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Steelers Lineman Alejandro Villanueva Refuses To Join Anthem Protest

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Pittsburgh Steelers offensive tackle and former Army Ranger Alejandro Villanueva (78) stands outside the tunnel alone during the national anthem before an NFL football game against the Chicago Bears, Sunday. AP Photo Pittsburgh Steelers offensive tackle and former Army Ranger Alejandro Villanueva (78) stands outside the tunnel alone during the national anthem before an NFL football game against the Chicago Bears, Sunday. AP Photo
CHICAGO -

When the national anthem started at Soldier Field, the visiting sideline was mostly empty. The most prominent evidence of the Pittsburgh Steelers was offensive lineman Alejandro Villanueva standing by himself near the tunnel, holding his right hand over his heart.

It was one strange day for one of the NFL's most revered franchises.

Except for Villanueva, the Steelers stayed off the sideline during the anthem in protest of President Donald Trump's recent criticism of NFL players.

The Steelers held a players-only meeting Saturday night to discuss their options in the wake of Trump's suggestion that NFL owners fire players who kneel for the national anthem. A handful of NFL players have refused to stand during the "The Star-Spangled Banner" to protest several issues, including police brutality.

"Some guys wanted to take a knee, guys wanted to stand," quarterback Ben Roethlisberger said. "We said whatever we do we need to make sure we're unified as one group because that's what we're about and that's what this should be about is staying together as one unit and one group and one brotherhood, things like that.

"So rather than have some guys kneel and some guys stand, the conclusion was made kind of by everybody that the best thing to do was just to stay in the locker room or in the tunnel if you will."

But Villanueva, an Army veteran, stood outside for the anthem, holding his helmet by his side. 

Villanueva led a platoon in Afghanistan, and in three tours of duty, he earned numerous commendations, including a Bronze Star for valor.

Roethlisberger and several other players said they had no issue with Villanueva - "As a team we're behind him 100 percent," cornerback Joe Haden said - but Mike Tomlin, one of seven black head coaches in the NFL, said he was hoping for 100 percent participation, while acknowledging the protest was not his decision.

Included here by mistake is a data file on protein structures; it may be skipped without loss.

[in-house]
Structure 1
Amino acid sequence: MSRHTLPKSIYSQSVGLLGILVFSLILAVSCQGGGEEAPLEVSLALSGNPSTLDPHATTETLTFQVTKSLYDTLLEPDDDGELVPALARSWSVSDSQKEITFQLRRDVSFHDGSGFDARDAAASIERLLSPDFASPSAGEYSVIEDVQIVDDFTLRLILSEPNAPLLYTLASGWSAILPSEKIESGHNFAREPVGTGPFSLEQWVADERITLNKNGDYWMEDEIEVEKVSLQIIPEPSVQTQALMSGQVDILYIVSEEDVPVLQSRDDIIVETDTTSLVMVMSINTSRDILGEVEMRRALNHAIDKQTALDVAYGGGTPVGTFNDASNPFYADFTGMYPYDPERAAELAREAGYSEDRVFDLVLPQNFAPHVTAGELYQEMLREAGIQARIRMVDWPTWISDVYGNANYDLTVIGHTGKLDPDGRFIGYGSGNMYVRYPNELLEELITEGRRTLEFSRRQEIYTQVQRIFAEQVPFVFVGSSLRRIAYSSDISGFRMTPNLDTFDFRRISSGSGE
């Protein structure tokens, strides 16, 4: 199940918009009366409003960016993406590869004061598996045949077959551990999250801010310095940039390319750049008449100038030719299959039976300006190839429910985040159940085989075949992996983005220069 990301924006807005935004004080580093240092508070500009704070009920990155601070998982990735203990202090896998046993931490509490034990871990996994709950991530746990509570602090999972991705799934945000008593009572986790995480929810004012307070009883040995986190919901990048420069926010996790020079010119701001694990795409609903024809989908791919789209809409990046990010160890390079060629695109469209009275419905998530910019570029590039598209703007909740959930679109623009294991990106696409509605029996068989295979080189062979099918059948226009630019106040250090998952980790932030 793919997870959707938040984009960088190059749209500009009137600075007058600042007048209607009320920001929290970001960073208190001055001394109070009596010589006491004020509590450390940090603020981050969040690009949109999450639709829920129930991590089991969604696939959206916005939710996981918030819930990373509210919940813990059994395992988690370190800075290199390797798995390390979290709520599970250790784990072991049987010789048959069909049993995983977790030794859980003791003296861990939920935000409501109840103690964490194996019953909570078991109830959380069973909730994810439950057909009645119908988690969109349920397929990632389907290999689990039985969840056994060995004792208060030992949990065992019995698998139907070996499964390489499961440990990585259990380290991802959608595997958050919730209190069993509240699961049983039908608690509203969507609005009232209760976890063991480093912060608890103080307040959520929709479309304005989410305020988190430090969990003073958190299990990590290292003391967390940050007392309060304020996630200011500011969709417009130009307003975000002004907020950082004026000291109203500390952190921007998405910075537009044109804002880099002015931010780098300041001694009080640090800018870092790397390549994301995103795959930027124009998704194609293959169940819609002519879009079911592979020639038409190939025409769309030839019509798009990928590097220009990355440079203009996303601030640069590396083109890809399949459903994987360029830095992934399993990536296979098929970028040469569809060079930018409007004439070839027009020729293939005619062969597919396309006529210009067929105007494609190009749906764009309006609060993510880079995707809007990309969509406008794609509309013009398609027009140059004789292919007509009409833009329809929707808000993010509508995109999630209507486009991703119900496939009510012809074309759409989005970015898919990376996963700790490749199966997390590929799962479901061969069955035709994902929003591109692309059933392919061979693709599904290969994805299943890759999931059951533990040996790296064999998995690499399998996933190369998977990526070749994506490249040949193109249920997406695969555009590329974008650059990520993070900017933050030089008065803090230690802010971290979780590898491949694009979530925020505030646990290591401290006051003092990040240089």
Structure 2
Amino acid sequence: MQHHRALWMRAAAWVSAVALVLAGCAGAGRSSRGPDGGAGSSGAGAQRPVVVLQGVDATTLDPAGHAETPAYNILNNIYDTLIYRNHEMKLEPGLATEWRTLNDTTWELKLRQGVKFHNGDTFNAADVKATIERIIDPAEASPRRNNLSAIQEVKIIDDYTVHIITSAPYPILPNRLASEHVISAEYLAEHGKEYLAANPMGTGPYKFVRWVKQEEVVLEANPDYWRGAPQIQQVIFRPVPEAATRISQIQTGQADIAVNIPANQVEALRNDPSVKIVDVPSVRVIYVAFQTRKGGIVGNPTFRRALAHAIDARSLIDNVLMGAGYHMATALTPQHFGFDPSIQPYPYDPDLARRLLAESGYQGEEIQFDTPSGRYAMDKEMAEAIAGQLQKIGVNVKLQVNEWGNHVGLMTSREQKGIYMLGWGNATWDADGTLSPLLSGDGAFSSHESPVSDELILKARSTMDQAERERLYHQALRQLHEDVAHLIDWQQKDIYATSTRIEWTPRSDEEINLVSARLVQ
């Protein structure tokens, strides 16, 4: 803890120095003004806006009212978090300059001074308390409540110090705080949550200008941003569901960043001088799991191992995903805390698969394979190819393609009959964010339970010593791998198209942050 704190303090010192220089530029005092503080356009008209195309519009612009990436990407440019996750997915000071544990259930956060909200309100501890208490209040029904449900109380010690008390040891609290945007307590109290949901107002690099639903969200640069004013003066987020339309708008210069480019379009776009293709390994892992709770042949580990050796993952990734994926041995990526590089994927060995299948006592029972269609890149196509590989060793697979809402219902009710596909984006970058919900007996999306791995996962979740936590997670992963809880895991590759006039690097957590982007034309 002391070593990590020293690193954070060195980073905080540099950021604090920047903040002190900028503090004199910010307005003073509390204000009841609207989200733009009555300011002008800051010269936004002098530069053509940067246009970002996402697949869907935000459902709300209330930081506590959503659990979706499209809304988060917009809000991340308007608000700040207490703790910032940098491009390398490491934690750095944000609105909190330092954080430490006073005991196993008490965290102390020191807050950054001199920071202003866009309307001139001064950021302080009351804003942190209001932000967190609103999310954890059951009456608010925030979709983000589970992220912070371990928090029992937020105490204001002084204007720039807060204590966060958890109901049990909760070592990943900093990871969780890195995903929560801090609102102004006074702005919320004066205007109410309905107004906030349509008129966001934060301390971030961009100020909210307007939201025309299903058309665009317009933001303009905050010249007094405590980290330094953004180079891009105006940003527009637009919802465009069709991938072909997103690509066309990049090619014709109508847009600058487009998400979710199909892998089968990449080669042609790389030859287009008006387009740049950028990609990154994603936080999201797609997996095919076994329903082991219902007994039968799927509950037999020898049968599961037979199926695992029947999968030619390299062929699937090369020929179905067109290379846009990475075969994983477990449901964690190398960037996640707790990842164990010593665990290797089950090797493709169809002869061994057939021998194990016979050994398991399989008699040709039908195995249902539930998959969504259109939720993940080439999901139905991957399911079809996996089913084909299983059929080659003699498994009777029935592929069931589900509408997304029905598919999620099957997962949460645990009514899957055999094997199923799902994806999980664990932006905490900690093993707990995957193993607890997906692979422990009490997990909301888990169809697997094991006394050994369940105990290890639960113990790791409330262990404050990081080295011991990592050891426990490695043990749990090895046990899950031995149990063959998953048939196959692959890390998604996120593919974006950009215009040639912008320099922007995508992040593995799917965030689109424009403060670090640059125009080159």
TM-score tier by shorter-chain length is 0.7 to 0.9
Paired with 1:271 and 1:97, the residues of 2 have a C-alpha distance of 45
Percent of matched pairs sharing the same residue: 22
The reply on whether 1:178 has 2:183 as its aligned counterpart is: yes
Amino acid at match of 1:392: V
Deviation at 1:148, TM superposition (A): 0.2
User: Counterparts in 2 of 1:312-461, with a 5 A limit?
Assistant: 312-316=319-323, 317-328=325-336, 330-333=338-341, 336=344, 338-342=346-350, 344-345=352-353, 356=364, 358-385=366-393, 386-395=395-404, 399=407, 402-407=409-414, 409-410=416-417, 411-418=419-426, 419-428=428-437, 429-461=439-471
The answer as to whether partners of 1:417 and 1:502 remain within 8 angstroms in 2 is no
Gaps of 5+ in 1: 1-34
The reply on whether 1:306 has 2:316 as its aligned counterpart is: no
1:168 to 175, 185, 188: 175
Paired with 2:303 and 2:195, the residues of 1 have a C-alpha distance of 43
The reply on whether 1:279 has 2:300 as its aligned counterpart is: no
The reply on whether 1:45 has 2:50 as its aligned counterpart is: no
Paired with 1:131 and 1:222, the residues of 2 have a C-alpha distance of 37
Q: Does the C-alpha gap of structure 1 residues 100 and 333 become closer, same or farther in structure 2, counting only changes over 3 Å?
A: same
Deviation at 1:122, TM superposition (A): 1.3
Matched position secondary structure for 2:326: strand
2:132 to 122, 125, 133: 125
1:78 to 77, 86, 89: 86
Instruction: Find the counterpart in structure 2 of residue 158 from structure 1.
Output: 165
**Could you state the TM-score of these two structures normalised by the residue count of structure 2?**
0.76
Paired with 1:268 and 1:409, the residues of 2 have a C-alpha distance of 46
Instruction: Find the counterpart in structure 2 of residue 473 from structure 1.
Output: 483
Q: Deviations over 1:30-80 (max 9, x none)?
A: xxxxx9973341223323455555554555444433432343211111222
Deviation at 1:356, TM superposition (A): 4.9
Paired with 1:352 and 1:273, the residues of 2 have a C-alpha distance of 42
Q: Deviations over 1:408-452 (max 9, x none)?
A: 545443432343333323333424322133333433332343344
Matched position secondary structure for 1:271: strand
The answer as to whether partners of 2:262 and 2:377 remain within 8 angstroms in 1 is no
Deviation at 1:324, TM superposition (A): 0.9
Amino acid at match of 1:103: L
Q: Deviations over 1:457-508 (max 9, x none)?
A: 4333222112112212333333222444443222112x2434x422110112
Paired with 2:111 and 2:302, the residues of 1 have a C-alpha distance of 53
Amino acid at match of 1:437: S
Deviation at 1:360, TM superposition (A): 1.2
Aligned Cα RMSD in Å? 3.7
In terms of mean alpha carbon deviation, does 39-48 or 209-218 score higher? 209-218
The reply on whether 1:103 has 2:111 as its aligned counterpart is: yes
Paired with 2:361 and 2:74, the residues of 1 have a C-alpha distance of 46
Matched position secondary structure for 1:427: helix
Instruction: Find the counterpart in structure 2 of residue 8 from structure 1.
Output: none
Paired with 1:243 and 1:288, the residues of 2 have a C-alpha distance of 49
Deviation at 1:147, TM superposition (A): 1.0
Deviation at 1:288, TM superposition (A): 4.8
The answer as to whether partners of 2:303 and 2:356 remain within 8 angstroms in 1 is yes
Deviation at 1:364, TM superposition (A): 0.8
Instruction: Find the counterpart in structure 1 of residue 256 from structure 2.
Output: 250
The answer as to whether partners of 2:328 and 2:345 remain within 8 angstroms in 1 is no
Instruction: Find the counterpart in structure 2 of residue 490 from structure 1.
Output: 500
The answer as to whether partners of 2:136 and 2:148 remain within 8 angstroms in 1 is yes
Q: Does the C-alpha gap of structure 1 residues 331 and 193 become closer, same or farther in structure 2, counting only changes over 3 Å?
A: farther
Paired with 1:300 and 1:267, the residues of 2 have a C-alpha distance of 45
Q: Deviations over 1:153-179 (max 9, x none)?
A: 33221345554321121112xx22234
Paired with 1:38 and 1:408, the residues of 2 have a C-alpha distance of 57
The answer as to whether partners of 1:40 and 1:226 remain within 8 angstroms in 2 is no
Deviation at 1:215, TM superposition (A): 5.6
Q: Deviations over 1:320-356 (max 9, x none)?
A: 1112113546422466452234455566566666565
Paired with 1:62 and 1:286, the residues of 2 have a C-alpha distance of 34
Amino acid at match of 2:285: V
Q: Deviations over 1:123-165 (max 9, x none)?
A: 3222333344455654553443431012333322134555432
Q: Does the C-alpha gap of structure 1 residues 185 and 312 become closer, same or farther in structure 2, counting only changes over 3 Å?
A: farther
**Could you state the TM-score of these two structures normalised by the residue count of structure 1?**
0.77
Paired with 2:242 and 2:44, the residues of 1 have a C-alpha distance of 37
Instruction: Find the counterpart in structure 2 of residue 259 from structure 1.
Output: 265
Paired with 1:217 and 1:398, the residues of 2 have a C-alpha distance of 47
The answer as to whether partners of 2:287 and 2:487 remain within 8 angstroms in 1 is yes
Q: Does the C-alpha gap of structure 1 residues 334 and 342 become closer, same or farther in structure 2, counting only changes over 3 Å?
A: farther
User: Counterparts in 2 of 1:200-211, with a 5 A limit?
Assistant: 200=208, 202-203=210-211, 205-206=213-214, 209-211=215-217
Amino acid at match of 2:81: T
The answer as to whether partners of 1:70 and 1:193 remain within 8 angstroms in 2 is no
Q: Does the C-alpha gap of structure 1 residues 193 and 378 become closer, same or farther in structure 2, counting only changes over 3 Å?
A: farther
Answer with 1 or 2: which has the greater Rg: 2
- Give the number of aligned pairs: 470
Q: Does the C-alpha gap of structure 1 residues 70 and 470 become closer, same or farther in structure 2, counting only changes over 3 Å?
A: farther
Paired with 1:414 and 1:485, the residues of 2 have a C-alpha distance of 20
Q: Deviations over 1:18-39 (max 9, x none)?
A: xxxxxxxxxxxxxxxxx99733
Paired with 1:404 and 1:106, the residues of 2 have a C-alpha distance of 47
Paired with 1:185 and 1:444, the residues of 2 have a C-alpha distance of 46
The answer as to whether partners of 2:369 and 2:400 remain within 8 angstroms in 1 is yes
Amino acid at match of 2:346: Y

However, Villanueva's move surprised many teammates, a source told ESPN. Villanueva was not available in the locker room after the game.
In 2014, Villanueva, then a member of the Philadelphia Eagles, told CBS News' Don Dahler why he joined the Army.

"I just couldn't stand by the sidelines and watch other people do the work," he said.

Coach Tomlin weighed in on the situation before the game.  

"Man, these are divisive times in the United States," said Tomlin. "It's a shame, but it is, but we are not politicians, we're coaches and professional athletes. If those of us or individuals choose to participate in politics in some way I'm going to be supportive of that, but when we come out of locker rooms we come out to play football games. To be quite honest with you, I didn't appreciate our football team being dragged into politics this weekend."

Tomlin called Commissioner Roger Goodell on Sunday morning and told him of the team's decision.

Roethlisberger said no disrespect was intended for the troops and other people who serve the country, and Steelers President Art Rooney II praised his players for staying unified.

"I hope that eventually we will come together as a nation to respect the diverse opinions that exist and work together to make our communities better for all our citizens," Rooney said in a statement.

Former San Francisco 49ers quarterback Colin Kaepernick, who remains unsigned, started the kneeling movement in 2016 to protest racial injustice in America. Activists and critics of the league believe Kaepernick has been blacklisted for his protests. On Sunday, players with the Miami Dolphins wore shirts that read "#ImWithKap" during pregame warm-ups.

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